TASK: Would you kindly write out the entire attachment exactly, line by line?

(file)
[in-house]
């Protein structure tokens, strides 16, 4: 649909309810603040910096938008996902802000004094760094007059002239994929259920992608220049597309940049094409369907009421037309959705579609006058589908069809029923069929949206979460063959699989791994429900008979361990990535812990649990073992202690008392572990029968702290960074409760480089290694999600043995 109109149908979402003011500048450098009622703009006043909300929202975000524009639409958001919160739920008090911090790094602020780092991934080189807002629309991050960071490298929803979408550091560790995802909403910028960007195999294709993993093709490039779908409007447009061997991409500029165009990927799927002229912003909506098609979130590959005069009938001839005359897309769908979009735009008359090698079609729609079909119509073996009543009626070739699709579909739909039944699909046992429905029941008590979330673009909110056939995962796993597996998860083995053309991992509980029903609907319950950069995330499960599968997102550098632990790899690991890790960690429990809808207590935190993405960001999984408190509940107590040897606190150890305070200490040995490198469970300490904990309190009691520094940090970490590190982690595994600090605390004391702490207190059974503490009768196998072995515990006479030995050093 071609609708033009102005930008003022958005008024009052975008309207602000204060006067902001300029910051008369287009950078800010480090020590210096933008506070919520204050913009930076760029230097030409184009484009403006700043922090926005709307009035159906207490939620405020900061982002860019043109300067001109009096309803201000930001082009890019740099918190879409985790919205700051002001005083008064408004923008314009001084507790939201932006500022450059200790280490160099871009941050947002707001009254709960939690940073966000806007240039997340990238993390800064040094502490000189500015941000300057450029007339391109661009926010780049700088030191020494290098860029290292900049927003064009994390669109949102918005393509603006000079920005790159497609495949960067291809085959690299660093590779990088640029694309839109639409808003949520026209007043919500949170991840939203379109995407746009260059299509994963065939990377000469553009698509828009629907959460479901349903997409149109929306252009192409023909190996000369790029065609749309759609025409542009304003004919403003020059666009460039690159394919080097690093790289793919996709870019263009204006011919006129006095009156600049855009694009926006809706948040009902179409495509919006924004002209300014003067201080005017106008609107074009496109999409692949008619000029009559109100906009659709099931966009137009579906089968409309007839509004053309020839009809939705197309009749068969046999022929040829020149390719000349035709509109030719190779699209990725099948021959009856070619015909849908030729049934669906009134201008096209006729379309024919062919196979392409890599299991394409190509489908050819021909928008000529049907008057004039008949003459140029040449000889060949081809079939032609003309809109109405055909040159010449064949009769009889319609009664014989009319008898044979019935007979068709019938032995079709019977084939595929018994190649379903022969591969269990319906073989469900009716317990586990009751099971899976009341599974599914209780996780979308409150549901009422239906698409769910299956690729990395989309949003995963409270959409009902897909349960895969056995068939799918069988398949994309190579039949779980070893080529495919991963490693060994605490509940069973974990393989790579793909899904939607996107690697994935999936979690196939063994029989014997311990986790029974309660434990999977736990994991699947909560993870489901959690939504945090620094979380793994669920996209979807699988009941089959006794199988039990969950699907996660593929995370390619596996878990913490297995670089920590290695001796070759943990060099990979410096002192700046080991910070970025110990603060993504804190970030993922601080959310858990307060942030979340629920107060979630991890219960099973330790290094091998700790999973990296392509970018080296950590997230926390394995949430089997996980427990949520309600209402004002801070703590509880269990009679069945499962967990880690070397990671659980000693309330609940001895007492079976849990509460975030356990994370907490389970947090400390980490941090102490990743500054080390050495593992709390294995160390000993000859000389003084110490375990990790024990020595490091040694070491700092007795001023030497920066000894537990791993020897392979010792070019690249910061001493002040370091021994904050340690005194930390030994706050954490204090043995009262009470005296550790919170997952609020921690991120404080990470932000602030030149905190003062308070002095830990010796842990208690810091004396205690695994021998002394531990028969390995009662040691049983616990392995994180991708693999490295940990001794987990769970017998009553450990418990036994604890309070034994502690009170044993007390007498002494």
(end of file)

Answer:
[in-house]
């Protein structure tokens, strides 16, 4: 649909309810603040910096938008996902802000004094760094007059002239994929259920992608220049597309940049094409369907009421037309959705579609006058589908069809029923069929949206979460063959699989791994429900008979361990990535812990649990073992202690008392572990029968702290960074409760480089290694999600043995 109109149908979402003011500048450098009622703009006043909300929202975000524009639409958001919160739920008090911090790094602020780092991934080189807002629309991050960071490298929803979408550091560790995802909403910028960007195999294709993993093709490039779908409007447009061997991409500029165009990927799927002229912003909506098609979130590959005069009938001839005359897309769908979009735009008359090698079609729609079909119509073996009543009626070739699709579909739909039944699909046992429905029941008590979330673009909110056939995962796993597996998860083995053309991992509980029903609907319950950069995330499960599968997102550098632990790899690991890790960690429990809808207590935190993405960001999984408190509940107590040897606190150890305070200490040995490198469970300490904990309190009691520094940090970490590190982690595994600090605390004391702490207190059974503490009768196998072995515990006479030995050093 071609609708033009102005930008003022958005008024009052975008309207602000204060006067902001300029910051008369287009950078800010480090020590210096933008506070919520204050913009930076760029230097030409184009484009403006700043922090926005709307009035159906207490939620405020900061982002860019043109300067001109009096309803201000930001082009890019740099918190879409985790919205700051002001005083008064408004923008314009001084507790939201932006500022450059200790280490160099871009941050947002707001009254709960939690940073966000806007240039997340990238993390800064040094502490000189500015941000300057450029007339391109661009926010780049700088030191020494290098860029290292900049927003064009994390669109949102918005393509603006000079920005790159497609495949960067291809085959690299660093590779990088640029694309839109639409808003949520026209007043919500949170991840939203379109995407746009260059299509994963065939990377000469553009698509828009629907959460479901349903997409149109929306252009192409023909190996000369790029065609749309759609025409542009304003004919403003020059666009460039690159394919080097690093790289793919996709870019263009204006011919006129006095009156600049855009694009926006809706948040009902179409495509919006924004002209300014003067201080005017106008609107074009496109999409692949008619000029009559109100906009659709099931966009137009579906089968409309007839509004053309020839009809939705197309009749068969046999022929040829020149390719000349035709509109030719190779699209990725099948021959009856070619015909849908030729049934669906009134201008096209006729379309024919062919196979392409890599299991394409190509489908050819021909928008000529049907008057004039008949003459140029040449000889060949081809079939032609003309809109109405055909040159010449064949009769009889319609009664014989009319008898044979019935007979068709019938032995079709019977084939595929018994190649379903022969591969269990319906073989469900009716317990586990009751099971899976009341599974599914209780996780979308409150549901009422239906698409769910299956690729990395989309949003995963409270959409009902897909349960895969056995068939799918069988398949994309190579039949779980070893080529495919991963490693060994605490509940069973974990393989790579793909899904939607996107690697994935999936979690196939063994029989014997311990986790029974309660434990999977736990994991699947909560993870489901959690939504945090620094979380793994669920996209979807699988009941089959006794199988039990969950699907996660593929995370390619596996878990913490297995670089920590290695001796070759943990060099990979410096002192700046080991910070970025110990603060993504804190970030993922601080959310858990307060942030979340629920107060979630991890219960099973330790290094091998700790999973990296392509970018080296950590997230926390394995949430089997996980427990949520309600209402004002801070703590509880269990009679069945499962967990880690070397990671659980000693309330609940001895007492079976849990509460975030356990994370907490389970947090400390980490941090102490990743500054080390050495593992709390294995160390000993000859000389003084110490375990990790024990020595490091040694070491700092007795001023030497920066000894537990791993020897392979010792070019690249910061001493002040370091021994904050340690005194930390030994706050954490204090043995009262009470005296550790919170997952609020921690991120404080990470932000602030030149905190003062308070002095830990010796842990208690810091004396205690695994021998002394531990028969390995009662040691049983616990392995994180991708693999490295940990001794987990769970017998009553450990418990036994604890309070034994502690009170044993007390007498002494």